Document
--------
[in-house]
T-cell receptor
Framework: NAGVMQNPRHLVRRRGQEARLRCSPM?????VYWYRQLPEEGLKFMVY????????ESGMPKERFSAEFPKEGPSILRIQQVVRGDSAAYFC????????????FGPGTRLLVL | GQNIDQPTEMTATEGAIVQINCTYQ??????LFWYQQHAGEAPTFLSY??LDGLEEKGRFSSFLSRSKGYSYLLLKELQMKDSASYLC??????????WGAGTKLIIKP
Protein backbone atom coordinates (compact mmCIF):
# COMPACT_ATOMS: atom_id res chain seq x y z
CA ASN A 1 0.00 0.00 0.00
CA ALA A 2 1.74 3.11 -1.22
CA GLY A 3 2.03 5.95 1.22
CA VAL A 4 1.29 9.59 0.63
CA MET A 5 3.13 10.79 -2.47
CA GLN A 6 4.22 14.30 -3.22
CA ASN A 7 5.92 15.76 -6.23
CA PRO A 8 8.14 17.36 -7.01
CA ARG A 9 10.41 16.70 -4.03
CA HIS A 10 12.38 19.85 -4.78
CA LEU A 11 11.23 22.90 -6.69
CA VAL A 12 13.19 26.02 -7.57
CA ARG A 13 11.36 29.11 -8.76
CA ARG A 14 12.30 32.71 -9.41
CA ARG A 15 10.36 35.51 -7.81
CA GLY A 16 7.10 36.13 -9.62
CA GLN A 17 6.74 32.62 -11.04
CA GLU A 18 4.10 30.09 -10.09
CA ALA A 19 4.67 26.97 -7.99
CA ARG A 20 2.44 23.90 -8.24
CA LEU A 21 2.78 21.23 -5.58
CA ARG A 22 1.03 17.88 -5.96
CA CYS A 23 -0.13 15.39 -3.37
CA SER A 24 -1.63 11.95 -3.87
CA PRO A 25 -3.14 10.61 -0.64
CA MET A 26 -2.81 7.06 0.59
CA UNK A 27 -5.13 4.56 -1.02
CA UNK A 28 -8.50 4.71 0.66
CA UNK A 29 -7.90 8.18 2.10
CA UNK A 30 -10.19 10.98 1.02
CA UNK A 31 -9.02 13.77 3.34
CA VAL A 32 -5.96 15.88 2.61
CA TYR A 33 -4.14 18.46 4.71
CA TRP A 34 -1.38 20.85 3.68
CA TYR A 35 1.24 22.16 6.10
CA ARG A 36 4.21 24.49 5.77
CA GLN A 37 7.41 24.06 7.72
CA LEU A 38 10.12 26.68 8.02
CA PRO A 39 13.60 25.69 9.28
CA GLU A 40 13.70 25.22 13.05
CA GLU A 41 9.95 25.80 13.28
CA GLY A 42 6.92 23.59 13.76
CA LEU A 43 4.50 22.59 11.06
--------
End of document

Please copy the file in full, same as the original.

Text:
[in-house]
T-cell receptor
Framework: NAGVMQNPRHLVRRRGQEARLRCSPM?????VYWYRQLPEEGLKFMVY????????ESGMPKERFSAEFPKEGPSILRIQQVVRGDSAAYFC????????????FGPGTRLLVL | GQNIDQPTEMTATEGAIVQINCTYQ??????LFWYQQHAGEAPTFLSY??LDGLEEKGRFSSFLSRSKGYSYLLLKELQMKDSASYLC??????????WGAGTKLIIKP
Protein backbone atom coordinates (compact mmCIF):
# COMPACT_ATOMS: atom_id res chain seq x y z
CA ASN A 1 0.00 0.00 0.00
CA ALA A 2 1.74 3.11 -1.22
CA GLY A 3 2.03 5.95 1.22
CA VAL A 4 1.29 9.59 0.63
CA MET A 5 3.13 10.79 -2.47
CA GLN A 6 4.22 14.30 -3.22
CA ASN A 7 5.92 15.76 -6.23
CA PRO A 8 8.14 17.36 -7.01
CA ARG A 9 10.41 16.70 -4.03
CA HIS A 10 12.38 19.85 -4.78
CA LEU A 11 11.23 22.90 -6.69
CA VAL A 12 13.19 26.02 -7.57
CA ARG A 13 11.36 29.11 -8.76
CA ARG A 14 12.30 32.71 -9.41
CA ARG A 15 10.36 35.51 -7.81
CA GLY A 16 7.10 36.13 -9.62
CA GLN A 17 6.74 32.62 -11.04
CA GLU A 18 4.10 30.09 -10.09
CA ALA A 19 4.67 26.97 -7.99
CA ARG A 20 2.44 23.90 -8.24
CA LEU A 21 2.78 21.23 -5.58
CA ARG A 22 1.03 17.88 -5.96
CA CYS A 23 -0.13 15.39 -3.37
CA SER A 24 -1.63 11.95 -3.87
CA PRO A 25 -3.14 10.61 -0.64
CA MET A 26 -2.81 7.06 0.59
CA UNK A 27 -5.13 4.56 -1.02
CA UNK A 28 -8.50 4.71 0.66
CA UNK A 29 -7.90 8.18 2.10
CA UNK A 30 -10.19 10.98 1.02
CA UNK A 31 -9.02 13.77 3.34
CA VAL A 32 -5.96 15.88 2.61
CA TYR A 33 -4.14 18.46 4.71
CA TRP A 34 -1.38 20.85 3.68
CA TYR A 35 1.24 22.16 6.10
CA ARG A 36 4.21 24.49 5.77
CA GLN A 37 7.41 24.06 7.72
CA LEU A 38 10.12 26.68 8.02
CA PRO A 39 13.60 25.69 9.28
CA GLU A 40 13.70 25.22 13.05
CA GLU A 41 9.95 25.80 13.28
CA GLY A 42 6.92 23.59 13.76
CA LEU A 43 4.50 22.59 11.06